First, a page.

Mobile Gaming is having a moment


It’s attracting significant investment from the likes of Microsoft, who purchased Activision Blizzard for $69 billion in 2023, and Sega who acquired Rovio, the developer of Angry Birds, in 2022.

It’s also driving diversification: whether that’s news publishers like the New York Times following up on the success of Wordle with a whole suite of games, or streaming giant Netflix stating its intention to become a destination for ‘must play games’.

And it’s also empowering partnerships, with this year seeing Erling Haaland become the first real-life person to be featured in Clash of Clans, while Meghan Trainor launched the music video for ‘Made You Look’ exclusively on Candy Crush for the first 24 hours in 2022.

All three trends highlight how publishers, media owners, agencies and brands are waking up to the full potential of the mobile gaming audience.

But in such a busy media landscape and with other shiny, new platforms like CTV, retail media, and digital out-of-home also vying for investment, why should brands continue to invest in mobile gaming?

Well, when we looked at data from Ipsos iris* alongside data from Ipsos’ flagship gaming study, GameTrack**, five key reasons emerged:

1. It’s opening new revenue streams for the gaming industry

Mobile app games are an increasingly important part of the overall gaming ecosystem: they’re attracting new types of gamers; they’re shifting engagement to mobile devices; and they’re opening new revenue streams for gaming publishers.

According to our GameTrack study, the reach of mobile gaming overtook consoles in 2020 and mobile devices have remained the most used gaming platform since.

And while consoles still account for the biggest share of the total time spent gaming, mobile gaming’s share has risen significantly, from 18% of all time spent gaming in 2012, to 33% in 2023.

Revenue for mobile gaming has also rocketed in this time, increasing ten-fold from £200 million in 2012 to £2 billion in 2023. In fact, mobile gaming now accounts of 42% of revenue for the total gaming industry – and that’s before you take ad revenue into account.

Essentially, if you want to reach, engage and monetise gamers, it’s crucial that mobile gaming is in the mix.

Estimated yearly revenue from video game sales - Mobile app sales

2. It’s unlocking opportunities for growth across audiences

According to Ipsos iris, mobile gaming reached 25 million people in April 2024, which is exciting for two reasons. The first is that this is equivalent to half of all internet users in the UK, reflecting mobile gaming’s ascent to the mainstream; the second is that this is up from 20 million just two years ago.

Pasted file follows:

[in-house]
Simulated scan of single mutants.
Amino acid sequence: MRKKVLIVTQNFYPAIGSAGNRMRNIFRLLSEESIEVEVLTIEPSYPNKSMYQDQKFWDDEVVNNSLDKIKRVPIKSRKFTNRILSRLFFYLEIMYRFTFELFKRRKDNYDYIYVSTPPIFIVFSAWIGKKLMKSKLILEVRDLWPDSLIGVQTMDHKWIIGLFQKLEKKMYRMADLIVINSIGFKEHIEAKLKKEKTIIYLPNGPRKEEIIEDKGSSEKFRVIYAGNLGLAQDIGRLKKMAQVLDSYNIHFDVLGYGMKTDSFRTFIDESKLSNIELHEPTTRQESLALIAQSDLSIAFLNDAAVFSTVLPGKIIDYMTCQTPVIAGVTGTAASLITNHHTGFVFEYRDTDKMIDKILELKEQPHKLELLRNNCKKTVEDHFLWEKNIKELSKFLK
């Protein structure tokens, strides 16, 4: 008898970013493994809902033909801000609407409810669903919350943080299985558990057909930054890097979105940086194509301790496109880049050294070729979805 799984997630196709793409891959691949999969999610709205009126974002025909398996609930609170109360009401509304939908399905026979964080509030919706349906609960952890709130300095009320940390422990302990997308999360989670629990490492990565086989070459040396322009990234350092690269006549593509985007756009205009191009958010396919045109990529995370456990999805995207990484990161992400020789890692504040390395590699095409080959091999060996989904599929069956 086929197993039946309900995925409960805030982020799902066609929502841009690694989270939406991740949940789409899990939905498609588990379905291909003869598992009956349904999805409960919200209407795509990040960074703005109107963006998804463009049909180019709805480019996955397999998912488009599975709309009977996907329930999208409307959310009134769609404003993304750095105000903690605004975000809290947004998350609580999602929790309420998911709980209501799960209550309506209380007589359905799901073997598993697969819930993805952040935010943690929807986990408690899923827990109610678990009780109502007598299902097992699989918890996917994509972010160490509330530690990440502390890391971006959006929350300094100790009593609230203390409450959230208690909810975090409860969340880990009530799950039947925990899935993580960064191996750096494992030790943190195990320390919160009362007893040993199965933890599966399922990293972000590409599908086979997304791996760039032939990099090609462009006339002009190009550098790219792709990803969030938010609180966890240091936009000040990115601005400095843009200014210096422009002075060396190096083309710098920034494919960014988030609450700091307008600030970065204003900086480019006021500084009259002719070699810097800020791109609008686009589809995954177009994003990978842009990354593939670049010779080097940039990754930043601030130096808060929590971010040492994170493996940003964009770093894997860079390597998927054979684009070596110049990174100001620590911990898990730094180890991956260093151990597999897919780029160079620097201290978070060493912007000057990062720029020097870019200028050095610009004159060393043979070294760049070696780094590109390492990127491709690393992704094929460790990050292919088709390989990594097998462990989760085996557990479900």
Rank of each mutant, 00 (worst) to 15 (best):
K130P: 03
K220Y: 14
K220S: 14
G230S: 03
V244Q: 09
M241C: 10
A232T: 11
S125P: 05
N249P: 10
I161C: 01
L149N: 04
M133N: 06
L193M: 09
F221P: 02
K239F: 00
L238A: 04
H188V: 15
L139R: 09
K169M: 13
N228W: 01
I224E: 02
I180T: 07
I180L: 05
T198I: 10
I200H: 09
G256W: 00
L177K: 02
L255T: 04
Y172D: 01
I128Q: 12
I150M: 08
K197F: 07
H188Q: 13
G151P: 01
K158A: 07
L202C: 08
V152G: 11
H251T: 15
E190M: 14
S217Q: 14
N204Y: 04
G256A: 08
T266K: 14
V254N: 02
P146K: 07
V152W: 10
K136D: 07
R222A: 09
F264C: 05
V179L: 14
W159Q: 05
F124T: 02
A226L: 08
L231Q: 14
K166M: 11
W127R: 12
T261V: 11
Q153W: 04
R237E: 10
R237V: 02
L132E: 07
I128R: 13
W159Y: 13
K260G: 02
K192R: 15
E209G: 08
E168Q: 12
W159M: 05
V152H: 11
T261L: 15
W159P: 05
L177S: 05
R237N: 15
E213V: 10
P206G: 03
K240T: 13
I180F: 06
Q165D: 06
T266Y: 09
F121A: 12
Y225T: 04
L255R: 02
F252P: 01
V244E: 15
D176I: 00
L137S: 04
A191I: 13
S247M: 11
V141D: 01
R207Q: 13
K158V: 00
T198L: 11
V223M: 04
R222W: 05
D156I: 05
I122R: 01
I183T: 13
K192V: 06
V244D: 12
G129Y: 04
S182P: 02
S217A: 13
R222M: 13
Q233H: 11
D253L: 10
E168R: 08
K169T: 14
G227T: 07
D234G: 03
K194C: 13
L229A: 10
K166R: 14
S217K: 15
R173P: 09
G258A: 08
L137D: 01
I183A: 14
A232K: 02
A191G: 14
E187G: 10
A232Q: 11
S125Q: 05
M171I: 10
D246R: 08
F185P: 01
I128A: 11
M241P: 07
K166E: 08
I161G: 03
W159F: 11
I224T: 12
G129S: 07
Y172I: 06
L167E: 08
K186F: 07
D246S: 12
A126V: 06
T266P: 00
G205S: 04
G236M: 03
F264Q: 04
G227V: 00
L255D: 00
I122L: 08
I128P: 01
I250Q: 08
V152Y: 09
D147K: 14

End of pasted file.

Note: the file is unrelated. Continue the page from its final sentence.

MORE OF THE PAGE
But what’s really exciting is that reach is high across almost all demographics: both male and female, old and young.

Reach is highest – just about – among men aged 15-24, meaning that mobile gaming is still a great way of reaching young men, just like PC and console gaming.

Average hours spent mobile gaming in April 2024

But unlike consoles and PCs, reach for mobile gaming is essentially just as high among women aged 35-54. So what we’re seeing is a case of evolution not revolution, mobile gaming hasn’t changed the traditional strengths of gaming, but has greatly expanded them.

This broad reach means whether you’re a gaming publisher, an advertiser, a media owner or a brand, mobile gaming can help you grow reach across essentially all age groups, which is no small feat in an increasingly fragmented media landscape.


3. It’s a high engagement medium in a high distraction world

Ipsos iris shows that gamers spent almost 15 hours on average playing mobile games in April, which equates to around half an hour a day. That’s a significant amount of time.

But engagement is even higher for older audiences, particularly older women. In fact, female gamers aged 65+ played mobile games for an average of 25 hours in April, the equivalent of 50 minutes a day.

Reach of mobile app gaming in April 2024

Not only do older audiences deliver engagement, but they also deliver frequency. Over one in five mobile gamers aged 65+ (22%) played a mobile game every day in April, compared to one in ten 15-24 year olds (10%).